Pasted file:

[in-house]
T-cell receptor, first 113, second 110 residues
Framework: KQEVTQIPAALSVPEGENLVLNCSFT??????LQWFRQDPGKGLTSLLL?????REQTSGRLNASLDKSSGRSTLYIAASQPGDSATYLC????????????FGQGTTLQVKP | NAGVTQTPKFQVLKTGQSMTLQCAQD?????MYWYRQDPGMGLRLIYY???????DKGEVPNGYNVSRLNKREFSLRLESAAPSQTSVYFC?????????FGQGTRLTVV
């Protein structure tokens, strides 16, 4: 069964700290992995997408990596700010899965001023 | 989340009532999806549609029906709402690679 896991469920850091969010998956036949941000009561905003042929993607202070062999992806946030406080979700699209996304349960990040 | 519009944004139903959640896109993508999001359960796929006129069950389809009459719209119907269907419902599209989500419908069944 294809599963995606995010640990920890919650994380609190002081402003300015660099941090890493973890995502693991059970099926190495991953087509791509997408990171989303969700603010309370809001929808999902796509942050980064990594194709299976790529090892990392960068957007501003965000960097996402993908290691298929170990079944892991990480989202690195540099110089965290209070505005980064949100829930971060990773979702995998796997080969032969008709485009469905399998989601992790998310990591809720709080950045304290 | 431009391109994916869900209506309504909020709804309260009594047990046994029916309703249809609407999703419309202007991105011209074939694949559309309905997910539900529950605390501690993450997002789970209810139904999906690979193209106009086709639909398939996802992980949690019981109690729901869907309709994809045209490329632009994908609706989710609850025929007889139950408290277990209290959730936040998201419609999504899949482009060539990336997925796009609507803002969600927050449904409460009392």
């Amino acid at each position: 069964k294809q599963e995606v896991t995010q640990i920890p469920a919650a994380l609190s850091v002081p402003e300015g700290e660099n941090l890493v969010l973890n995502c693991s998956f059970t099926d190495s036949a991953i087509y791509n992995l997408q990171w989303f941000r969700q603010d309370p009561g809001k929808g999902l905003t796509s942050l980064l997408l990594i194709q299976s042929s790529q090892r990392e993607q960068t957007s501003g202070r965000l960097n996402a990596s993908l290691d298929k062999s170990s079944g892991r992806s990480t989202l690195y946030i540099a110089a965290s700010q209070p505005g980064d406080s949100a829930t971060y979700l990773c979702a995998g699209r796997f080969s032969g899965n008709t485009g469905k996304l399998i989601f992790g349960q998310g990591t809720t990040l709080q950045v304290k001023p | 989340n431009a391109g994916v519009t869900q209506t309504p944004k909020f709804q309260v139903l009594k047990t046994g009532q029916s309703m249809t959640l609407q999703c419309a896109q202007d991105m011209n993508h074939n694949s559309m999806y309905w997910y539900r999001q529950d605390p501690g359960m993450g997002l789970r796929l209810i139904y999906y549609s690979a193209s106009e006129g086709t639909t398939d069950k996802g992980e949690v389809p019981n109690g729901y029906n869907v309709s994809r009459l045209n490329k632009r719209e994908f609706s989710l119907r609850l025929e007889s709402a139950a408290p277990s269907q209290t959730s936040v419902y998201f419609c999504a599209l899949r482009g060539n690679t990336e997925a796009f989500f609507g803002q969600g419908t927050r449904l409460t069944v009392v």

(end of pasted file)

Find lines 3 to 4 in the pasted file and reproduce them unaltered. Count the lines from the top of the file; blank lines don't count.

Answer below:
Framework: KQEVTQIPAALSVPEGENLVLNCSFT??????LQWFRQDPGKGLTSLLL?????REQTSGRLNASLDKSSGRSTLYIAASQPGDSATYLC????????????FGQGTTLQVKP | NAGVTQTPKFQVLKTGQSMTLQCAQD?????MYWYRQDPGMGLRLIYY???????DKGEVPNGYNVSRLNKREFSLRLESAAPSQTSVYFC?????????FGQGTRLTVV
């Protein structure tokens, strides 16, 4: 069964700290992995997408990596700010899965001023 | 989340009532999806549609029906709402690679 896991469920850091969010998956036949941000009561905003042929993607202070062999992806946030406080979700699209996304349960990040 | 519009944004139903959640896109993508999001359960796929006129069950389809009459719209119907269907419902599209989500419908069944 294809599963995606995010640990920890919650994380609190002081402003300015660099941090890493973890995502693991059970099926190495991953087509791509997408990171989303969700603010309370809001929808999902796509942050980064990594194709299976790529090892990392960068957007501003965000960097996402993908290691298929170990079944892991990480989202690195540099110089965290209070505005980064949100829930971060990773979702995998796997080969032969008709485009469905399998989601992790998310990591809720709080950045304290 | 431009391109994916869900209506309504909020709804309260009594047990046994029916309703249809609407999703419309202007991105011209074939694949559309309905997910539900529950605390501690993450997002789970209810139904999906690979193209106009086709639909398939996802992980949690019981109690729901869907309709994809045209490329632009994908609706989710609850025929007889139950408290277990209290959730936040998201419609999504899949482009060539990336997925796009609507803002969600927050449904409460009392």